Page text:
At some point, the rules relaxed on new projects addition with the Big Tent initiative, allowing us to rename ourselves to the OpenStack Telemetry team and splitting Ceilometer into several subprojects: Aodh (alarm evaluation functionality) and Panko (events storage). Gnocchi was able to join the OpenStack Telemetry party for its first anniversary.
  • Dev-tools in 2018
    This is a bit late (how is it the middle of April already?!), but the dev-tools team has lots of exciting plans for 2018 and I want to talk about them! [...] We're creating two new teams - Rustdoc, and IDEs and editors - and going to work more closely with the Cargo team. We're also spinning up a bunch of working groups. These are more focused, less formal teams, they are dedicated to a single tool or task, rather than to strategy and decision making. Primarily they are a way to let people working on a tool work more effectively. The dev-tools team will continue to coordinate work and keep track of the big picture.
  • Nonny de la Peña & the Power of Immersive Storytelling
    This week, we’re highlighting VR’s groundbreaking potential to take audiences inside stories with a four part video series. There aren’t many examples of creators doing that more effectively and powerfully than Nonny de la Peña. Nonny de la Peña is a former correspondent for Newsweek, the New York Times and other major outlets. For more than a decade now, de la Peña has been focused on merging her passion for documentary filmmaking with a deep-seeded expertise in VR. She essentially invented the field of “immersive journalism” through her company, Emblematic Group.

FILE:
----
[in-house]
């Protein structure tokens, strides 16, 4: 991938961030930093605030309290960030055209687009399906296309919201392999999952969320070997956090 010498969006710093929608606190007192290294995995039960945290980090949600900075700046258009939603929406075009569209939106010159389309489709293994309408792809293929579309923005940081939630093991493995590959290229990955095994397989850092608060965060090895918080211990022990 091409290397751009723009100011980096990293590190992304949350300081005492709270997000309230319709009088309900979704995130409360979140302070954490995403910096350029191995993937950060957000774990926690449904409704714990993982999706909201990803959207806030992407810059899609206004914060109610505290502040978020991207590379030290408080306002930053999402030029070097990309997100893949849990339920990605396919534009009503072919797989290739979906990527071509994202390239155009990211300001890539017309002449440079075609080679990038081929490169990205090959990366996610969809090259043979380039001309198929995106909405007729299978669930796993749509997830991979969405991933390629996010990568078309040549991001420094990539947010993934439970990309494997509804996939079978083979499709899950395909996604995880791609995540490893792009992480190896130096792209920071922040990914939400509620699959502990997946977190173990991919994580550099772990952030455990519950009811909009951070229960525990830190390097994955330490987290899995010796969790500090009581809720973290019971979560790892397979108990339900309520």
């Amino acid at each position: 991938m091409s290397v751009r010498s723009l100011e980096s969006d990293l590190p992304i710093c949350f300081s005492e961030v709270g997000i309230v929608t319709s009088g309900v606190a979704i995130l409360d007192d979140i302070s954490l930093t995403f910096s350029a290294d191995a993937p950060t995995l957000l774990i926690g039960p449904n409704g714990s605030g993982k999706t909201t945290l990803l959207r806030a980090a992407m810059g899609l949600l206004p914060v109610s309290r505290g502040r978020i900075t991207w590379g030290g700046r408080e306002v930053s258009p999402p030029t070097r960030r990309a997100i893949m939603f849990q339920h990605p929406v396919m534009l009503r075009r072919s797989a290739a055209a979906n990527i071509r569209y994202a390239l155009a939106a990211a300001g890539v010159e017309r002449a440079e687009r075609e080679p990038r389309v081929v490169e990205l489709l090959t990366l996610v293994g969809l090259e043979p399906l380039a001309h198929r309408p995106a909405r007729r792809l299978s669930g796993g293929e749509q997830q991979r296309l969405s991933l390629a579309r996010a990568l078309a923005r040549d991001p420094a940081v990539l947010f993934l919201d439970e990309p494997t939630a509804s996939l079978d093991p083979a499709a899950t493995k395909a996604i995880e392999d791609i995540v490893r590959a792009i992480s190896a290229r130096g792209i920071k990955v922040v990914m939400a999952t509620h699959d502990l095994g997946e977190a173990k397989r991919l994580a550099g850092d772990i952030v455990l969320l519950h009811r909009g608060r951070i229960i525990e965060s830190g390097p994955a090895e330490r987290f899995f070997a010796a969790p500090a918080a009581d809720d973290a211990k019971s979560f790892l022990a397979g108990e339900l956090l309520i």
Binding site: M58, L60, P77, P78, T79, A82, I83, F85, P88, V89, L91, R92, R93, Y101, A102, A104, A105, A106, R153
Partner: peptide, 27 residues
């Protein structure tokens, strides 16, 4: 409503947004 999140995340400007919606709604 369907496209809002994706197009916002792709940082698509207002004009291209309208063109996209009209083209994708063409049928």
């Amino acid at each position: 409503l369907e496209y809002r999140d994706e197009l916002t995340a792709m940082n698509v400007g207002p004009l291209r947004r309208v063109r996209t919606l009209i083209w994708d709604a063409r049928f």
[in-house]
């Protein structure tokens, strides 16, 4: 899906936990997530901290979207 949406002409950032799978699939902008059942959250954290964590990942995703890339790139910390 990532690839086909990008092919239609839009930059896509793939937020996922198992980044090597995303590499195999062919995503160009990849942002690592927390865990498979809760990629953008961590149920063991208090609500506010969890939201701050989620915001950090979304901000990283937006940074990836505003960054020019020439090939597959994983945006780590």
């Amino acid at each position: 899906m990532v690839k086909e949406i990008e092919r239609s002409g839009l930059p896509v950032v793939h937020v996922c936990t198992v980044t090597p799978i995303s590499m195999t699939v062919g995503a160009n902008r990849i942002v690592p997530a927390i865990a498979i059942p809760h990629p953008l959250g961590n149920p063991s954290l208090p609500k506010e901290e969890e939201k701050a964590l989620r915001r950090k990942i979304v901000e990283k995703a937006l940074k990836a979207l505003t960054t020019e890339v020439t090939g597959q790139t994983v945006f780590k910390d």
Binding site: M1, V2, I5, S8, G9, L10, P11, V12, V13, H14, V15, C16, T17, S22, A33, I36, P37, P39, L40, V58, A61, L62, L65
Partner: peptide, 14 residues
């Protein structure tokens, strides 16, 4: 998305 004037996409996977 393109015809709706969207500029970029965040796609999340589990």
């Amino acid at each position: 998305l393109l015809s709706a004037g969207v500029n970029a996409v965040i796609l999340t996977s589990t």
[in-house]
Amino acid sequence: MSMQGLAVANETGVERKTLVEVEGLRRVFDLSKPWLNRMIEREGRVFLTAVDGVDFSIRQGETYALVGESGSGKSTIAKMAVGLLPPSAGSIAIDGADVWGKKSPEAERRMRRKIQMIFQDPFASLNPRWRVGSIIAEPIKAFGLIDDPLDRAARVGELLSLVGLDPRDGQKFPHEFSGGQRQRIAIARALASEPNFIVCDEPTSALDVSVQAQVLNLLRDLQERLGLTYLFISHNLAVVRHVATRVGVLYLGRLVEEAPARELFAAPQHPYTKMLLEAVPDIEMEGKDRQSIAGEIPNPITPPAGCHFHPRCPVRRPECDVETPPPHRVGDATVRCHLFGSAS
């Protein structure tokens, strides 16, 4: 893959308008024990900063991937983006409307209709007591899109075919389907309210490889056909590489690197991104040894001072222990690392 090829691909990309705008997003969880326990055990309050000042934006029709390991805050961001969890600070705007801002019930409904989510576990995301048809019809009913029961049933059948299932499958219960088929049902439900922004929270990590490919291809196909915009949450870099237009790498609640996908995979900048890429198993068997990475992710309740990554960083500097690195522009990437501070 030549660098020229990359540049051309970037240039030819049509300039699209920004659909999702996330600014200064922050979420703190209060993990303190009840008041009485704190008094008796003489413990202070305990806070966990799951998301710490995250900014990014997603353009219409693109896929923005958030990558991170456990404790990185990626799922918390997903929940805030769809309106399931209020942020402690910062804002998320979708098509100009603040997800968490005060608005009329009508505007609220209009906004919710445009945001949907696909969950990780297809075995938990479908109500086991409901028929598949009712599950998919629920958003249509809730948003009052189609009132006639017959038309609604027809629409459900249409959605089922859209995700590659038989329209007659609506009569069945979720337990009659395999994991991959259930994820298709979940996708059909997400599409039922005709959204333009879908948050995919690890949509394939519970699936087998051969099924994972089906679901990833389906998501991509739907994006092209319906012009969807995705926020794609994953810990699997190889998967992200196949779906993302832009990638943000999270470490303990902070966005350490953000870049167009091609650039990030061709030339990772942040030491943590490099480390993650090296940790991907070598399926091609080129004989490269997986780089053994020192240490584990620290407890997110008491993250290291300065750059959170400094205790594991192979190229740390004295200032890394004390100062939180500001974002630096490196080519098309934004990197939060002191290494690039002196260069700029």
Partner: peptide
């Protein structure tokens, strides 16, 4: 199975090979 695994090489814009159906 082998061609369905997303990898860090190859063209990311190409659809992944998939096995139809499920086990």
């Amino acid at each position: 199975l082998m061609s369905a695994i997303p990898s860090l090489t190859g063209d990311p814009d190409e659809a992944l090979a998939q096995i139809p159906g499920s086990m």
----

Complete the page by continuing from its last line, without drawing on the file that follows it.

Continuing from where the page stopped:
• Collabora Online 3.2 Brings More Powerful Features to LibreOffice in the Cloud
    Michael Meeks of the Collabora Productivity has the pleasure of informing Softpedia today on the availability of Collabora Online 3.2, the second point release of the Collabora Online 3 series that promises yet another layer of new features and improvements to the enterprise-ready, cloud-based office suite. Based on the LibreOffice 6.1 open-source office suite, Collabora Online 3.2 introduces support for creating and inserting charts into Writer and Impress documents, and the ability to validate data in Calc, which might come in handy for engineers who want to do a final assembly inspection on their tablets, as well as to collaborate with their colleagues to ensure all tests are passed by a complete product.
  • Oracle demands dev tear down iOS app that has 'JavaScript' in its name
    Oracle, claims developer Zhongmin Steven Guo, has demanded that Apple remove an app he created because it contains the trademarked term "JavaScript." The app in question, published by Guo's Tyanya Software LLC – which appears to be more a liability shield than a thriving software business – is titled "HTML5, CSS, JavaScript, HTML, Snippet Editor." The name, Guo explains in a Hacker News comment, was chosen in an effort to "game the App Store ranking by adding all the keywords to the app name."